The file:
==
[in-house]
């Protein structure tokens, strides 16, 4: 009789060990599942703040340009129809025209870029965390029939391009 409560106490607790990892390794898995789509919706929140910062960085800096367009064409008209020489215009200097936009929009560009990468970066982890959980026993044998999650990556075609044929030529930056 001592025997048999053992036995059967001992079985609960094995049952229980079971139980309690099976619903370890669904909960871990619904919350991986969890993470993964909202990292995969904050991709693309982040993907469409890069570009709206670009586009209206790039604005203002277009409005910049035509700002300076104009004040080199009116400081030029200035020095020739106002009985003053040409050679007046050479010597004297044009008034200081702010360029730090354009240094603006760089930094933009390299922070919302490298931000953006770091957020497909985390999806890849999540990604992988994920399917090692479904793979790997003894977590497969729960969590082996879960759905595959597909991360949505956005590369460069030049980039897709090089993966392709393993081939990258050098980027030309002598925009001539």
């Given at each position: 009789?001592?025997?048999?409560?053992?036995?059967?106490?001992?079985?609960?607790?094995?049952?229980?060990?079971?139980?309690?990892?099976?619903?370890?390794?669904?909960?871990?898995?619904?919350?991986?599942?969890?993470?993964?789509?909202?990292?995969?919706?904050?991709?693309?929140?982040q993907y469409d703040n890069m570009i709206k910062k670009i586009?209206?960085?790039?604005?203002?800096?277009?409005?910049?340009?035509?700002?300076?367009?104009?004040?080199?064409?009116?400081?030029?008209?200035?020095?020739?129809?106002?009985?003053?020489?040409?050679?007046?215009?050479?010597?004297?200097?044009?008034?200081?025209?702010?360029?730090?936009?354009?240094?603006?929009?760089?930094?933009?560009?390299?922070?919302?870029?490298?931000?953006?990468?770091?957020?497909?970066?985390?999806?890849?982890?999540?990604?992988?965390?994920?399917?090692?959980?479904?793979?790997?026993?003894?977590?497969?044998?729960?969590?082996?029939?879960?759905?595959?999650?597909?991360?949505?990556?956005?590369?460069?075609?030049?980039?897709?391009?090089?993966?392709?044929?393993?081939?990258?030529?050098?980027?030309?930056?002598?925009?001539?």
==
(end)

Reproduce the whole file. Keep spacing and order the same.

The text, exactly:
[in-house]
């Protein structure tokens, strides 16, 4: 009789060990599942703040340009129809025209870029965390029939391009 409560106490607790990892390794898995789509919706929140910062960085800096367009064409008209020489215009200097936009929009560009990468970066982890959980026993044998999650990556075609044929030529930056 001592025997048999053992036995059967001992079985609960094995049952229980079971139980309690099976619903370890669904909960871990619904919350991986969890993470993964909202990292995969904050991709693309982040993907469409890069570009709206670009586009209206790039604005203002277009409005910049035509700002300076104009004040080199009116400081030029200035020095020739106002009985003053040409050679007046050479010597004297044009008034200081702010360029730090354009240094603006760089930094933009390299922070919302490298931000953006770091957020497909985390999806890849999540990604992988994920399917090692479904793979790997003894977590497969729960969590082996879960759905595959597909991360949505956005590369460069030049980039897709090089993966392709393993081939990258050098980027030309002598925009001539």
């Given at each position: 009789?001592?025997?048999?409560?053992?036995?059967?106490?001992?079985?609960?607790?094995?049952?229980?060990?079971?139980?309690?990892?099976?619903?370890?390794?669904?909960?871990?898995?619904?919350?991986?599942?969890?993470?993964?789509?909202?990292?995969?919706?904050?991709?693309?929140?982040q993907y469409d703040n890069m570009i709206k910062k670009i586009?209206?960085?790039?604005?203002?800096?277009?409005?910049?340009?035509?700002?300076?367009?104009?004040?080199?064409?009116?400081?030029?008209?200035?020095?020739?129809?106002?009985?003053?020489?040409?050679?007046?215009?050479?010597?004297?200097?044009?008034?200081?025209?702010?360029?730090?936009?354009?240094?603006?929009?760089?930094?933009?560009?390299?922070?919302?870029?490298?931000?953006?990468?770091?957020?497909?970066?985390?999806?890849?982890?999540?990604?992988?965390?994920?399917?090692?959980?479904?793979?790997?026993?003894?977590?497969?044998?729960?969590?082996?029939?879960?759905?595959?999650?597909?991360?949505?990556?956005?590369?460069?075609?030049?980039?897709?391009?090089?993966?392709?044929?393993?081939?990258?030529?050098?980027?030309?930056?002598?925009?001539?």